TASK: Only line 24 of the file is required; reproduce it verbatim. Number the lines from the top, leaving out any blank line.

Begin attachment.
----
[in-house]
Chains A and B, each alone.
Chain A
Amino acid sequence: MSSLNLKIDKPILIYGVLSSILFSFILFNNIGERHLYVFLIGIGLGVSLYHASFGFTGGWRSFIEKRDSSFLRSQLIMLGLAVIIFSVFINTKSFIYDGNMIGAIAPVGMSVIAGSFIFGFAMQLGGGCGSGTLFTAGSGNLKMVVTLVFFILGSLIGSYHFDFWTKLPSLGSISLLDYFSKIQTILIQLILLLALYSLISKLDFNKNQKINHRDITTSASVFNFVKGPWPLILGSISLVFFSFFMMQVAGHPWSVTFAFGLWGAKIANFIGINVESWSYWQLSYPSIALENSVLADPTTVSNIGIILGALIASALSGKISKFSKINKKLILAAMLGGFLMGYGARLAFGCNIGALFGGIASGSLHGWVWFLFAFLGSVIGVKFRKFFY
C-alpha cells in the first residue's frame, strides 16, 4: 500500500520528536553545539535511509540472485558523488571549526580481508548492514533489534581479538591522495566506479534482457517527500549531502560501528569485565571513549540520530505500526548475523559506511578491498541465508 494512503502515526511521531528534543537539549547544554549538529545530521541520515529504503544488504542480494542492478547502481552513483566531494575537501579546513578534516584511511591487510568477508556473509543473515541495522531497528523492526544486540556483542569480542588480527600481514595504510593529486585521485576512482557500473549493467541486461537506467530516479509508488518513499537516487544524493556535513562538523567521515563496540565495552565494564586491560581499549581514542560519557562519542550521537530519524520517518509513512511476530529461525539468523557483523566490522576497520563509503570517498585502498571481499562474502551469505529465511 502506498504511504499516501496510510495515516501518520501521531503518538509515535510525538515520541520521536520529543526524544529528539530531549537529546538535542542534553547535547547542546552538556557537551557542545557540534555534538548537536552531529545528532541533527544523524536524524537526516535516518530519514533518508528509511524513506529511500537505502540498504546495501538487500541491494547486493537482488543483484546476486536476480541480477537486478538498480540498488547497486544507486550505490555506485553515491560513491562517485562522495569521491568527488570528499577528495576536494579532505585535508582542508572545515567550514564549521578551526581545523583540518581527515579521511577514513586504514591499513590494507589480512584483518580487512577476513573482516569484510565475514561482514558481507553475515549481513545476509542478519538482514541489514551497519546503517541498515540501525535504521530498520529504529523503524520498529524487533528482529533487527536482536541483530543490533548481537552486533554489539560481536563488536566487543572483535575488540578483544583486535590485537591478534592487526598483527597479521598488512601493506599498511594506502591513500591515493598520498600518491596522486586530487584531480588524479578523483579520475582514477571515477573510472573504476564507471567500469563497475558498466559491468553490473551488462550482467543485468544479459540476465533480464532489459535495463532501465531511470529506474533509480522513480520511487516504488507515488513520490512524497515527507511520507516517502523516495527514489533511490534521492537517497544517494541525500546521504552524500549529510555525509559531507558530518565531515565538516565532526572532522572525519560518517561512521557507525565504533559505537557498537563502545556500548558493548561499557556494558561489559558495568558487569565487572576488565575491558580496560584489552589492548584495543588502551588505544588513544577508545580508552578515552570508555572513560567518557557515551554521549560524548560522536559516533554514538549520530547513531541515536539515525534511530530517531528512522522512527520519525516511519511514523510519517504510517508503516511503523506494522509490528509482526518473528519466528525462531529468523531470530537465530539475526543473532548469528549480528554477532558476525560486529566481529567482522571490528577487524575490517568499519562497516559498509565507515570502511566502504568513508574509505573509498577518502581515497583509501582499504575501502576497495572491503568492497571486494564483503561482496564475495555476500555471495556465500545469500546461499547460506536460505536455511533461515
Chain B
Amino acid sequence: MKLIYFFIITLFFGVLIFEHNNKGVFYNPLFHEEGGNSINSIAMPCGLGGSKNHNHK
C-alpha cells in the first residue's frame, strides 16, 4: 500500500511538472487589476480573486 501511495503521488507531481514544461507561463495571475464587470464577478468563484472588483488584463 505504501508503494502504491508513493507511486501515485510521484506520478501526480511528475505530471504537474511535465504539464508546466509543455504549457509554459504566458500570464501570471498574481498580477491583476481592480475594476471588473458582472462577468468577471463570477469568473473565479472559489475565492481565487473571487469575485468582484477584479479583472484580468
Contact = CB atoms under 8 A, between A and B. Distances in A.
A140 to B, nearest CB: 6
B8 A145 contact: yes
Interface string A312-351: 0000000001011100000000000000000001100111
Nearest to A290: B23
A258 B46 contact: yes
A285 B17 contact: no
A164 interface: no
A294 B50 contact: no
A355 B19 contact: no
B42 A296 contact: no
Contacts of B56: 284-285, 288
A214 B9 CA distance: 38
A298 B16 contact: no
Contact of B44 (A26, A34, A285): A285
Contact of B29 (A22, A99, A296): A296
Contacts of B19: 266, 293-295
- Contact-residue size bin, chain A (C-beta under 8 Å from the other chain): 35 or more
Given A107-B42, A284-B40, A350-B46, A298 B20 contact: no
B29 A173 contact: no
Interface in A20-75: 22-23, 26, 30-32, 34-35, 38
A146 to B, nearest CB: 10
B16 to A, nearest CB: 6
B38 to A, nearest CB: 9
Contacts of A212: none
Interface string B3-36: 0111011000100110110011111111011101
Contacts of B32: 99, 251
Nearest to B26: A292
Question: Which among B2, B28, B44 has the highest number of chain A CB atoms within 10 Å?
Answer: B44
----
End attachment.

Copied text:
Contact of B29 (A22, A99, A296): A296